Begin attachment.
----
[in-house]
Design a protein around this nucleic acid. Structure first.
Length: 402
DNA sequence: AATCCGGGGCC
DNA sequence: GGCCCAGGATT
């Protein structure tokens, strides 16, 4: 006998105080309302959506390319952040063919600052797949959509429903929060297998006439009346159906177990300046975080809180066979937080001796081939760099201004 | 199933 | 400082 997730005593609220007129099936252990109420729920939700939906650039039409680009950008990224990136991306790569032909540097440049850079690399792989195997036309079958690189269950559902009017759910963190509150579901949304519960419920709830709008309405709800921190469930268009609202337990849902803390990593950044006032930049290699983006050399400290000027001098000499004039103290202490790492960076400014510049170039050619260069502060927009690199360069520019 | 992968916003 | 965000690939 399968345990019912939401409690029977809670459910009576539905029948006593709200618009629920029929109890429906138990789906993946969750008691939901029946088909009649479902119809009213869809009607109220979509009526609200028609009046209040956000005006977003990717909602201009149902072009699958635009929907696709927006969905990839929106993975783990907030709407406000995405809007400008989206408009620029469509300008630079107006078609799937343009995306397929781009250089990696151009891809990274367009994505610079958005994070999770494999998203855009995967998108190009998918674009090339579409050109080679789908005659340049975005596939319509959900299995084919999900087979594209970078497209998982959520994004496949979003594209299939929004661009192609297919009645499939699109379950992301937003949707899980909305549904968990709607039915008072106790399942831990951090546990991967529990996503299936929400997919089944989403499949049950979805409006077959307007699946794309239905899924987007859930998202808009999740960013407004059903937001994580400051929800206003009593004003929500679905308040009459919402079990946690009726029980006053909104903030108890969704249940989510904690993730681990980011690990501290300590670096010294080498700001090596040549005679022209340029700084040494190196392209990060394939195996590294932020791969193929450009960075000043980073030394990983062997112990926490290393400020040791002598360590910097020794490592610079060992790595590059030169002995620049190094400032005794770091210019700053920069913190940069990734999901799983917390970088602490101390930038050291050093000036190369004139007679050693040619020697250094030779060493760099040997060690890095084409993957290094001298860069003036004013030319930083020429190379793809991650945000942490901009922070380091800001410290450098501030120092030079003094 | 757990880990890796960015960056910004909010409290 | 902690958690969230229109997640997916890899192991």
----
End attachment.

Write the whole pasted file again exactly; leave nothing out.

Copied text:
[in-house]
Design a protein around this nucleic acid. Structure first.
Length: 402
DNA sequence: AATCCGGGGCC
DNA sequence: GGCCCAGGATT
């Protein structure tokens, strides 16, 4: 006998105080309302959506390319952040063919600052797949959509429903929060297998006439009346159906177990300046975080809180066979937080001796081939760099201004 | 199933 | 400082 997730005593609220007129099936252990109420729920939700939906650039039409680009950008990224990136991306790569032909540097440049850079690399792989195997036309079958690189269950559902009017759910963190509150579901949304519960419920709830709008309405709800921190469930268009609202337990849902803390990593950044006032930049290699983006050399400290000027001098000499004039103290202490790492960076400014510049170039050619260069502060927009690199360069520019 | 992968916003 | 965000690939 399968345990019912939401409690029977809670459910009576539905029948006593709200618009629920029929109890429906138990789906993946969750008691939901029946088909009649479902119809009213869809009607109220979509009526609200028609009046209040956000005006977003990717909602201009149902072009699958635009929907696709927006969905990839929106993975783990907030709407406000995405809007400008989206408009620029469509300008630079107006078609799937343009995306397929781009250089990696151009891809990274367009994505610079958005994070999770494999998203855009995967998108190009998918674009090339579409050109080679789908005659340049975005596939319509959900299995084919999900087979594209970078497209998982959520994004496949979003594209299939929004661009192609297919009645499939699109379950992301937003949707899980909305549904968990709607039915008072106790399942831990951090546990991967529990996503299936929400997919089944989403499949049950979805409006077959307007699946794309239905899924987007859930998202808009999740960013407004059903937001994580400051929800206003009593004003929500679905308040009459919402079990946690009726029980006053909104903030108890969704249940989510904690993730681990980011690990501290300590670096010294080498700001090596040549005679022209340029700084040494190196392209990060394939195996590294932020791969193929450009960075000043980073030394990983062997112990926490290393400020040791002598360590910097020794490592610079060992790595590059030169002995620049190094400032005794770091210019700053920069913190940069990734999901799983917390970088602490101390930038050291050093000036190369004139007679050693040619020697250094030779060493760099040997060690890095084409993957290094001298860069003036004013030319930083020429190379793809991650945000942490901009922070380091800001410290450098501030120092030079003094 | 757990880990890796960015960056910004909010409290 | 902690958690969230229109997640997916890899192991």